“Can Life Truly Imitate Art?”: Imitation of Non-Human Actors and Anthropomorphization.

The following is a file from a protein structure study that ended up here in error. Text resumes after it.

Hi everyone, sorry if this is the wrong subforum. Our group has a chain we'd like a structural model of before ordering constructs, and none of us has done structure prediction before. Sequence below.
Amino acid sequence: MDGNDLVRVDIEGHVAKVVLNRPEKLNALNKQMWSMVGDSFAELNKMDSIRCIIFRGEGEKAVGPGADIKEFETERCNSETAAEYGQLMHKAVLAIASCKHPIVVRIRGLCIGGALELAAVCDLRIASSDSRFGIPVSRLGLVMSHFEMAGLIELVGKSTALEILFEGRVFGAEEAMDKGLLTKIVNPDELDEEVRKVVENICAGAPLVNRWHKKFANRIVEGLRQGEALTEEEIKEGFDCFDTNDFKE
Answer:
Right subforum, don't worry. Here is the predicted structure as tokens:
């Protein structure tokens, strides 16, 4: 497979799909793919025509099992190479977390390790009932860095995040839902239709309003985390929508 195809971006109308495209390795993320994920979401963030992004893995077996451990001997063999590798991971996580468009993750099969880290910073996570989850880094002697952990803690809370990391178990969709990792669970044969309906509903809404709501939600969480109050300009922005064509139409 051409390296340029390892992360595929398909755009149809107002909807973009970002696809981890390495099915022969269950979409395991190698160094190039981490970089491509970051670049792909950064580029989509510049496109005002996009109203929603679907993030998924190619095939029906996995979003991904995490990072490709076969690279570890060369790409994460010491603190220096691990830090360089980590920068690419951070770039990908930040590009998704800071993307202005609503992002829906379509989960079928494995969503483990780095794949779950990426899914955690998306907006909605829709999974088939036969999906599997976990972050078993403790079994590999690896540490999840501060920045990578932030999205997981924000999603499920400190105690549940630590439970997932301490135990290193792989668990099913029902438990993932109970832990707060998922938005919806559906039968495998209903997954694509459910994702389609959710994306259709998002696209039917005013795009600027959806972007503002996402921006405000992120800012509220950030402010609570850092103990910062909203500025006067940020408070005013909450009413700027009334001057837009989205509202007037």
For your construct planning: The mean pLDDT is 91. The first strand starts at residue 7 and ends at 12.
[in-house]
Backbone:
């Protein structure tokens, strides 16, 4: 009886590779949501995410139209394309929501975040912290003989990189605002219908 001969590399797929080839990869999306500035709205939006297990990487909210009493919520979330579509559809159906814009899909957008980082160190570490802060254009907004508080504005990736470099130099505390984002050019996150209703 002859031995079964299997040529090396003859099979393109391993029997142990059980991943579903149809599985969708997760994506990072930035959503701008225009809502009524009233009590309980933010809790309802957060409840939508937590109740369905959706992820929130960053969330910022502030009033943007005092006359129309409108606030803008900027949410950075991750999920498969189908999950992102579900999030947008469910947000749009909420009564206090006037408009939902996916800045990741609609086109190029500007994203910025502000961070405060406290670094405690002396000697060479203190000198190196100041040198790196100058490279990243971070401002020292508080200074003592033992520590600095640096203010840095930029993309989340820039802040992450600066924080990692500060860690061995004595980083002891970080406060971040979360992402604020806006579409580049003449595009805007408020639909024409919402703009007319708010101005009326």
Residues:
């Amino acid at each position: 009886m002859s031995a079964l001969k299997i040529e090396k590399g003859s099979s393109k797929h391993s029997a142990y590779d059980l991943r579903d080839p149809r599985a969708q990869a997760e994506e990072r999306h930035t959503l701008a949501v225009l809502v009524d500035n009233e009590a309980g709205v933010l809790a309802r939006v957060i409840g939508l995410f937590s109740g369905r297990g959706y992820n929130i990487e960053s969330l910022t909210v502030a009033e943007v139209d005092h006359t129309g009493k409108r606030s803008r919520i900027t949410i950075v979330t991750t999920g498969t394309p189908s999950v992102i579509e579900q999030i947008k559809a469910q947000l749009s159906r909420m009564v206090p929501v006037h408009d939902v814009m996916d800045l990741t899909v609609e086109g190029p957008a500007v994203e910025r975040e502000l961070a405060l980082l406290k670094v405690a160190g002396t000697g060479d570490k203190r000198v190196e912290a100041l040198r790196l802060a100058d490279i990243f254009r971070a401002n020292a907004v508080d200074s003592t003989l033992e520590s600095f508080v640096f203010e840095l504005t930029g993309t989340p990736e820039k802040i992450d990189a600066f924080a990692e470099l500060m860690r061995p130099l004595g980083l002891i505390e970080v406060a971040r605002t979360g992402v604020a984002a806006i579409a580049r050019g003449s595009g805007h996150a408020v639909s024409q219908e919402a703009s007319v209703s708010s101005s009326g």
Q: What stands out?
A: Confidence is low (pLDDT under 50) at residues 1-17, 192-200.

Anthropomorphization occurs when human characteristics are attributed to nonhuman animals or objects. Past literature has focused on co-representation and the self-other body-part matching mechanism wherein the body of the nonhuman animal is conceptually mapped to the human observer's representation of their body. Based on the existing knowledge it is possible that the anthropomorphization of nonhuman objects could impact automatic imitation. The present study was designed to determine if face-like features can facilitate imitation between an image of a nonhuman object and human observers. A simple reaction-time task was used to measure imitation where participants (N=34, 23 female) responded to a “upper limb” movement of both the nonhuman object (broccoli) and a human control condition. In No Face conditions, two dots and a curved line were randomly distributed within the broccoli. In the Face condition, two dots and a curved represented the eyes and a mouth of a “face”. A repeated measures ANOVA revealed a significant interaction effect between image and movement (F(2.91, 96.05) = 7.90; p = <0.001). Post hoc analysis of the interaction revealed that an imitation effect emerged with the human image, but that a reversed imitation effect emerged with the “face” condition. After the experimental phase participants were asked to complete a brief questionnaire where they were asked to rate all the photos on various scales of anthropomorphization. This study provides unique evidence that the anthropomorphization of a nonhuman cartoon may be influenced by human-like internal features on the image.